Loren Monroe, first black State Treasurer of Michigan, dead at 87

Loren Eugene Monroe Sr., the first African American State Treasurer of Michigan, under former Gov. William Milliken, passed away May 29 at the age of 87, according to his family. Monroe was appointed by Gov. Milliken in 1978, after former state treasurer Allison Green retired after 12 years. At the time, Monroe was only the second African American to hold such a position in the country.

Gov. Milliken nominated Monroe August 18, 1978 for a term to begin September 5, 1978. He was formally confirmed October 31, 1979 and served as state treasurer until 1982. During his tenure, Monroe managed over 1,700 employees in his department, overseeing Michigan’s $5.8 billion budget. He was the highest-ranking African American ever appointed by Gov. Milliken, who had been criticized for not including more diversity in his cabinet.

“I remember him specifically telling me that he had a meeting with Gov. Milliken at the Hyatt Regency in Dearborn for the job,” said his granddaughter, Brandyce Monroe. “He said, out of 18 people, Gov. Milliken personally selected him. I felt that was a big deal that Gov. Milliken came down to Detroit just to meet with him.”

Monroe’s principal duties as state treasurer included depositing and investing state funds and serving on boards and commissions dealing with state money. In 1980, Monroe signed a deal with then Chrysler Corporation CEO Lee A. Iacocca to loan the troubled automaker $150 million. To date, there has only been one African American Treasurer of Michigan since Monroe left office, and that is the current treasurer, Rachael Eubanks.

“During that time, when black people were fighting for basic rights, for him to be hand-picked by the governor to handle the state’s money, that’s a big deal for a black man,” Monroe added. “I think that speaks volumes that he made history here in Michigan and it means a lot to our family.”

Monroe was born April 5, 1932 in Hillsborough County, Florida to parents Eugene and Leona Monroe. Shortly after he was born, the family moved to Thomasville, Georgia, where he received his education through the public school system, graduating from Frederick Douglass High School. In 1953, Monroe was drafted into the United States Army, serving in the Korean War as a Morse Code Interceptor, a hobby he mastered at age 12. After being honorably discharged in 1955, Monroe migrated north to Detroit with his mother in search of better opportunities, like millions of other African Americans. His first job in the city was as a bicyclist for Western Union, delivering telegrams downtown.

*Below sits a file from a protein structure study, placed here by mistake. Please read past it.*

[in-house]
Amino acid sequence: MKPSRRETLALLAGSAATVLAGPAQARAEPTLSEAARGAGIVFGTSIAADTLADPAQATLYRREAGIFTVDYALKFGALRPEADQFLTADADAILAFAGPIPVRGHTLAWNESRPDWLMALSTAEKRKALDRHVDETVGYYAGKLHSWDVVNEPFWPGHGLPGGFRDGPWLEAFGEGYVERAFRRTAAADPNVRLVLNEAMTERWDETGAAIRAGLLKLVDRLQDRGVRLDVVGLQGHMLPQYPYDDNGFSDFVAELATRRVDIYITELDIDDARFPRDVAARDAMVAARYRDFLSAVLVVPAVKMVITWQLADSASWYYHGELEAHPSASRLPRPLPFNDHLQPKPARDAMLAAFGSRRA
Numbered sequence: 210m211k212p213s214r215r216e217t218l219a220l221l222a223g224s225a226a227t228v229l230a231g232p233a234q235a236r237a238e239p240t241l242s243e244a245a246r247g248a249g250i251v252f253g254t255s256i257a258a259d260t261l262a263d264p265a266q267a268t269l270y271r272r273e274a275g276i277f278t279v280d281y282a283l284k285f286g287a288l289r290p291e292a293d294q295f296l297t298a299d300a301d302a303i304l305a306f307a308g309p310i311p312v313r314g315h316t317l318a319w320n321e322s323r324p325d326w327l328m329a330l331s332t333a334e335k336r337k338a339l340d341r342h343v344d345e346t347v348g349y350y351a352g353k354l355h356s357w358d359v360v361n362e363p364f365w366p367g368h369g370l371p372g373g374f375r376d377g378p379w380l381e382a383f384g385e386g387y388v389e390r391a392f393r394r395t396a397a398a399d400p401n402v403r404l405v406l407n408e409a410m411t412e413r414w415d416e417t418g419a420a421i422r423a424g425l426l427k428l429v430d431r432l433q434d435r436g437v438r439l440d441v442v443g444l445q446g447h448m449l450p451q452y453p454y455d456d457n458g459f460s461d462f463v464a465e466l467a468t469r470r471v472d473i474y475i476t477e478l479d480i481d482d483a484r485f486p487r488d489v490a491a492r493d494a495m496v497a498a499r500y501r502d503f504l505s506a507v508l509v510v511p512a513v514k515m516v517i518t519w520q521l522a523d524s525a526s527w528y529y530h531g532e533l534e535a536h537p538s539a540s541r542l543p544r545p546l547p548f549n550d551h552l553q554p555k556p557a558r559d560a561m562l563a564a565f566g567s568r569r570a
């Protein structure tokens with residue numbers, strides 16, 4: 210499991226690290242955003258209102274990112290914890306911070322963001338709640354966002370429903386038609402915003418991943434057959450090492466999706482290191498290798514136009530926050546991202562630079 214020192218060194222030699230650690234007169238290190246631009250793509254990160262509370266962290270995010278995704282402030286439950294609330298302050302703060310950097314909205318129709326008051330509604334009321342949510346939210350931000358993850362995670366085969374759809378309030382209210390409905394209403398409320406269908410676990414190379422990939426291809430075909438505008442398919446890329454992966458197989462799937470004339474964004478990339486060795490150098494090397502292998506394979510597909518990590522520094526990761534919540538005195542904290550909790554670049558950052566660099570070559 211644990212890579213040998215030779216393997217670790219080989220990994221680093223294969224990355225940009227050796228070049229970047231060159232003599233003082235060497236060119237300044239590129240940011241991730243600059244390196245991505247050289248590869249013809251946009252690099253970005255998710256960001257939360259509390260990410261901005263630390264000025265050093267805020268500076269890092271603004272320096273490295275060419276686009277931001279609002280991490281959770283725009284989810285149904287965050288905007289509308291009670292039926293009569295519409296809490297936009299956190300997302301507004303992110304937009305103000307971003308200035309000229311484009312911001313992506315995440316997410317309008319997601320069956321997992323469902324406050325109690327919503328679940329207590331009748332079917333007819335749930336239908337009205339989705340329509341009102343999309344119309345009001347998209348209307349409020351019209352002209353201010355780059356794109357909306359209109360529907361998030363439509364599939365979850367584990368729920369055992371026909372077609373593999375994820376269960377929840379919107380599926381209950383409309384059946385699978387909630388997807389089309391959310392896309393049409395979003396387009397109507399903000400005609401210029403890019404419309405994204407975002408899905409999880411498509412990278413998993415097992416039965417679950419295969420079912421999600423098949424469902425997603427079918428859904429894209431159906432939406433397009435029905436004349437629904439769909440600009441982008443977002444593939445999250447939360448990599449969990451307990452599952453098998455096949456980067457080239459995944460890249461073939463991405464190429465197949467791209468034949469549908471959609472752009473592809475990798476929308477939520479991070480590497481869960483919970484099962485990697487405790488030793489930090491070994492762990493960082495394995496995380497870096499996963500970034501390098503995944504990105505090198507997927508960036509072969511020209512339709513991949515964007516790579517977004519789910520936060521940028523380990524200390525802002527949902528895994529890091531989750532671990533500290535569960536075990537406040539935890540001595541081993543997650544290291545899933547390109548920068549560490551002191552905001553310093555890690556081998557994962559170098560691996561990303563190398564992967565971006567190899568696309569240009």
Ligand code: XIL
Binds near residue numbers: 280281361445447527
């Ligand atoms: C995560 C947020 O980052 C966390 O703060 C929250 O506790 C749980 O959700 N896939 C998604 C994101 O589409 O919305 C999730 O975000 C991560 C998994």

He attended Wayne State University (then Wayne University), where he earned a bachelor’s degree in accounting in 1958, his Juris Doctorate in 1970, and his Master of Laws degree in 1980. Monroe was admitted to the Michigan State bar in 1970 and received his Certified Public Accounting (CPA) certification in 1974.


Monroe married Annie Duncan (d.2008) and to their union were born five children; Loren Jr., Dawn, Claire, John, and Michael. Loren Jr., his eldest, preceded him in death in 1971. Monroe leaves to cherish 10 grandchildren, 25 great-grandchildren, and his wife, Lei’Wan Monroe.


Monroe held a number of titles throughout his storied life. He was a field auditor for the Michigan Department of Treasury from 1959-1970 and a tax specialist at Coopers & Lybrand International CPA firm from 1970-1976. He joined in the formation of the law firm of Mosley and Monroe in 1976 and after leaving state office, joined Phil Pierce to form Pierce, Monroe & Associates, LLC. in 1985. In 2006, Monroe was appointed Auditor General for the city of Detroit by former Mayor Kwame Kilpatrick. He retired in 2013 due to health complications. Prior to that, he unsuccessfully ran for Detroit City Council in 2004.

In 2013, Monroe was featured in the third edition of the book, “Black Firsts: 4,000 Ground-Breaking and Pioneering Historical Events” as the first African American State Treasurer of Michigan. He was also included in a list of the “100 Most Influential Black Americans,” alongside the likes of Supreme Court Justice Thurgood Marshall, Judge Damon J. Keith, Judge Wade H. McCree Jr., Louis Martin, and Coretta Scott King, among others. He was also an avid chess champion, piano player, and runner.

Visitation is scheduled June 3 from 9-9 p.m., at the James H. Cole Home for Funerals’ Boulevard Chapel (2624 West Grand Boulevard). A funeral service will take place Tuesday, June 4 at Monroe’s home church, Chapel Hill Baptist Church (5000 Joy Road) at 11:30 a.m.


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